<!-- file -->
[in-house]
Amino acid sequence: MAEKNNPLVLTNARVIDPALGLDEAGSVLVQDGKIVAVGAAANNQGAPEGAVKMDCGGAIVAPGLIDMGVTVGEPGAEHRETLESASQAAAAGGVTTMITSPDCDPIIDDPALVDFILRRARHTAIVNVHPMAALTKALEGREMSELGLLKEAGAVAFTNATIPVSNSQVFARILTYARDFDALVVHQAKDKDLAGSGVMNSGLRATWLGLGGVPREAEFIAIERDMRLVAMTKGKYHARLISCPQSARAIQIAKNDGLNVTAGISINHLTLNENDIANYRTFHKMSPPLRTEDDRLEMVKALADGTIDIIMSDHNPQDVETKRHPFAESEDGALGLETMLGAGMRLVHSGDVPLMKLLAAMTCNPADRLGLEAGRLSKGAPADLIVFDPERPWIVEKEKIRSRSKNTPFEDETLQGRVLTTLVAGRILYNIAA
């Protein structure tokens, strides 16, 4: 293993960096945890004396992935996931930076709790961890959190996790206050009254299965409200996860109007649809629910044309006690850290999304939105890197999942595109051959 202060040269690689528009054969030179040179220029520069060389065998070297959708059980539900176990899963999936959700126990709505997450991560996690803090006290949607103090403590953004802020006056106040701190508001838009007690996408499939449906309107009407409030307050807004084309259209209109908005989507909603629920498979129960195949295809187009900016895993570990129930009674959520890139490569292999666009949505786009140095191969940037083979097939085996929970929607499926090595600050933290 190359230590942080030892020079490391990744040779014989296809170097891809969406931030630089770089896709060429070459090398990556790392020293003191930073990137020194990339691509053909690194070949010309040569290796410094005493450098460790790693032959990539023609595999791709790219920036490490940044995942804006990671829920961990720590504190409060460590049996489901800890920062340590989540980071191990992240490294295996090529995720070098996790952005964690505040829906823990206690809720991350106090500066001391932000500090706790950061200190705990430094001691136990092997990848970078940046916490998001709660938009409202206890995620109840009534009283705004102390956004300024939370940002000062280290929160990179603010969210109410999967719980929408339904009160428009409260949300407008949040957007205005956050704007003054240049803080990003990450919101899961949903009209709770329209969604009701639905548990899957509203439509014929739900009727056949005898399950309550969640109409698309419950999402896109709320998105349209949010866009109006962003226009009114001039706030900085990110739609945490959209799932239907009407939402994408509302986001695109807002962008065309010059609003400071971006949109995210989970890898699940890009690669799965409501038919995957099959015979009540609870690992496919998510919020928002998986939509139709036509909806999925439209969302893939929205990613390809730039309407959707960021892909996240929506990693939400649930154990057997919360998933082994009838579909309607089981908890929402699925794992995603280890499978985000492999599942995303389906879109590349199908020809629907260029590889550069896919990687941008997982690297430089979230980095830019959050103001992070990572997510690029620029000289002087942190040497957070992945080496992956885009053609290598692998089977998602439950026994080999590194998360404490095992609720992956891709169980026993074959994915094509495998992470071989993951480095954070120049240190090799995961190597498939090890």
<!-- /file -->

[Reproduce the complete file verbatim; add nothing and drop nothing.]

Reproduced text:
[in-house]
Amino acid sequence: MAEKNNPLVLTNARVIDPALGLDEAGSVLVQDGKIVAVGAAANNQGAPEGAVKMDCGGAIVAPGLIDMGVTVGEPGAEHRETLESASQAAAAGGVTTMITSPDCDPIIDDPALVDFILRRARHTAIVNVHPMAALTKALEGREMSELGLLKEAGAVAFTNATIPVSNSQVFARILTYARDFDALVVHQAKDKDLAGSGVMNSGLRATWLGLGGVPREAEFIAIERDMRLVAMTKGKYHARLISCPQSARAIQIAKNDGLNVTAGISINHLTLNENDIANYRTFHKMSPPLRTEDDRLEMVKALADGTIDIIMSDHNPQDVETKRHPFAESEDGALGLETMLGAGMRLVHSGDVPLMKLLAAMTCNPADRLGLEAGRLSKGAPADLIVFDPERPWIVEKEKIRSRSKNTPFEDETLQGRVLTTLVAGRILYNIAA
């Protein structure tokens, strides 16, 4: 293993960096945890004396992935996931930076709790961890959190996790206050009254299965409200996860109007649809629910044309006690850290999304939105890197999942595109051959 202060040269690689528009054969030179040179220029520069060389065998070297959708059980539900176990899963999936959700126990709505997450991560996690803090006290949607103090403590953004802020006056106040701190508001838009007690996408499939449906309107009407409030307050807004084309259209209109908005989507909603629920498979129960195949295809187009900016895993570990129930009674959520890139490569292999666009949505786009140095191969940037083979097939085996929970929607499926090595600050933290 190359230590942080030892020079490391990744040779014989296809170097891809969406931030630089770089896709060429070459090398990556790392020293003191930073990137020194990339691509053909690194070949010309040569290796410094005493450098460790790693032959990539023609595999791709790219920036490490940044995942804006990671829920961990720590504190409060460590049996489901800890920062340590989540980071191990992240490294295996090529995720070098996790952005964690505040829906823990206690809720991350106090500066001391932000500090706790950061200190705990430094001691136990092997990848970078940046916490998001709660938009409202206890995620109840009534009283705004102390956004300024939370940002000062280290929160990179603010969210109410999967719980929408339904009160428009409260949300407008949040957007205005956050704007003054240049803080990003990450919101899961949903009209709770329209969604009701639905548990899957509203439509014929739900009727056949005898399950309550969640109409698309419950999402896109709320998105349209949010866009109006962003226009009114001039706030900085990110739609945490959209799932239907009407939402994408509302986001695109807002962008065309010059609003400071971006949109995210989970890898699940890009690669799965409501038919995957099959015979009540609870690992496919998510919020928002998986939509139709036509909806999925439209969302893939929205990613390809730039309407959707960021892909996240929506990693939400649930154990057997919360998933082994009838579909309607089981908890929402699925794992995603280890499978985000492999599942995303389906879109590349199908020809629907260029590889550069896919990687941008997982690297430089979230980095830019959050103001992070990572997510690029620029000289002087942190040497957070992945080496992956885009053609290598692998089977998602439950026994080999590194998360404490095992609720992956891709169980026993074959994915094509495998992470071989993951480095954070120049240190090799995961190597498939090890």